2. Second, time spent in “Idle” status while on “Stand-by” (the orange overlap) is truly a waste from a fuel consumption, component life, and machine life point of view. Time spent in the orange overlap must be managed. Machines that are on “Stand-by” should be powered down.
  3. Third, engine idling time is not and should not be seen to be a proxy for “Stand-by” time. Many well-planned working cycles include periods when a machine’s engine is at idle. It is simply not correct to assume that a machine is not engaged in required work simply because it is not in gear, not moving, or the engine is not at high rpm.
  4. Fourth, most sensor systems include GPS position data and geofencing algorithms that make it possible to measure the time a machine spends deployed to an active working site. This makes the calculation of deployment a simple and straightforward task.

The vision of a self-reporting machine that records and wirelessly transmits its operating status is a worthwhile goal that is still to be realized. The principal reason for this lies in the differences between the various proprietary and, more often than not, closely held algorithms used to draw inference from sensor data. These vary tremendously across the industry, and there is too much at risk in the costing and estimating process to allow equipment costs and productions to be made vulnerable to unknowns and variations in both sensor data and proprietary third-party algorithms.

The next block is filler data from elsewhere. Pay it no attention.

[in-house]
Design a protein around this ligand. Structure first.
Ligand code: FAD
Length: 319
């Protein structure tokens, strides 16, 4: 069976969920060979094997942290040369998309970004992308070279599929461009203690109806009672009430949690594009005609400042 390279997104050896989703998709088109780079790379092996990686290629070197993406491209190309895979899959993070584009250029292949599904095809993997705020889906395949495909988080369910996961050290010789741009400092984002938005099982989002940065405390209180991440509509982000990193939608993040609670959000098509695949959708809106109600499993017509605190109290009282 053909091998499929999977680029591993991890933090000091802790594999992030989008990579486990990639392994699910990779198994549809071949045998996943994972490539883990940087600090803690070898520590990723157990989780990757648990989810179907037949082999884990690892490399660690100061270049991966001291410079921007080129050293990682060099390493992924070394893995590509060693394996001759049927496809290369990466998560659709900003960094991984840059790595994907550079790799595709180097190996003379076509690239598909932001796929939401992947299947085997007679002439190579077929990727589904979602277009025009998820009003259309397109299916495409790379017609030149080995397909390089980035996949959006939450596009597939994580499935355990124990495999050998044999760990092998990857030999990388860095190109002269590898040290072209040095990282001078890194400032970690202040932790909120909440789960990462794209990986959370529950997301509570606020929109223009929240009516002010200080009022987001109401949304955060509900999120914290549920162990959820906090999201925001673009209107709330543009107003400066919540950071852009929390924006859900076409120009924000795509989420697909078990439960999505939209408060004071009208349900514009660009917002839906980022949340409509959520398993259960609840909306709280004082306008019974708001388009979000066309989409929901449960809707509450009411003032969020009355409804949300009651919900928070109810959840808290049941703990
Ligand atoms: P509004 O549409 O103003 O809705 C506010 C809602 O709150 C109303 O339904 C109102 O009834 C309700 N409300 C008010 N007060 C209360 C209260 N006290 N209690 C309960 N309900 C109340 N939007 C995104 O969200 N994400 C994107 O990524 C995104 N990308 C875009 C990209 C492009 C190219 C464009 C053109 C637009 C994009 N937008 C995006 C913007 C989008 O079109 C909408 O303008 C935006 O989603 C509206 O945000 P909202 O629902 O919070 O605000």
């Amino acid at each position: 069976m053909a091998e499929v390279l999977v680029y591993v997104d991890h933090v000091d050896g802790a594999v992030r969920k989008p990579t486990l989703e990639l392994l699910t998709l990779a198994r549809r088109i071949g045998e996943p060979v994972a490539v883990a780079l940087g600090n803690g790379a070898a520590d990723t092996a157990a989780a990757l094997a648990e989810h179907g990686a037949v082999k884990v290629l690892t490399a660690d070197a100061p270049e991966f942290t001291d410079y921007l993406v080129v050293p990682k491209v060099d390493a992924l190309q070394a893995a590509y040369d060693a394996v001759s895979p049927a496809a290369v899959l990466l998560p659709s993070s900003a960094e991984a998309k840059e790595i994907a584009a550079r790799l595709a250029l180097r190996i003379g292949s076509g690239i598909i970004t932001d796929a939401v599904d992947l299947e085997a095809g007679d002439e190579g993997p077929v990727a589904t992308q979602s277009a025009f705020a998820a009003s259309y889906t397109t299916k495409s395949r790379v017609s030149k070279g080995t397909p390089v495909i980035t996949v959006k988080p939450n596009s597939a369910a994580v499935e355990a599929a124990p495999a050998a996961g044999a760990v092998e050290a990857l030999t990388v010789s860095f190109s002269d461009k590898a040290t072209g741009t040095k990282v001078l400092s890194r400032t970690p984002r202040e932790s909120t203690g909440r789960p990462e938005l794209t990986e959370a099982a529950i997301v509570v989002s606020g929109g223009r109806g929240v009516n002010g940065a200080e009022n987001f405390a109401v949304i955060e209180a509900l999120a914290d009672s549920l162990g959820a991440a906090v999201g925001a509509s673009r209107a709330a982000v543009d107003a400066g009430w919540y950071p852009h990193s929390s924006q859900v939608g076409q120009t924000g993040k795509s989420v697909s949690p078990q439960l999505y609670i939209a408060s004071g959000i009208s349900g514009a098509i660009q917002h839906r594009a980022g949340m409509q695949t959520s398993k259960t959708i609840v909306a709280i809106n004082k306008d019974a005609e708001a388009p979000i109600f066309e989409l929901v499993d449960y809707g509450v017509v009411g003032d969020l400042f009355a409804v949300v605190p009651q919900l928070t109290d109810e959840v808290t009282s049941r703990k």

Every car’s speedometer uses a sensor on the driveshaft and a simple well understood algorithm to provide information regarding the speed at which the car is traveling. This is not yet the case with sensor-based systems and the associated algorithms used for construction equipment.

About the Author

Mike Vorster

Mike Vorster is the David H. Burrows Professor Emeritus of Construction Engineering at Virginia Tech and is the author of “Construction Equipment Economics,” a handbook on the management of construction equipment fleets. Mike serves as a consultant in the area of fleet management and organizational development, and his column has been recognized for editorial excellence by the American Society of Business Publication Editors.

Read Mike's asset management articles.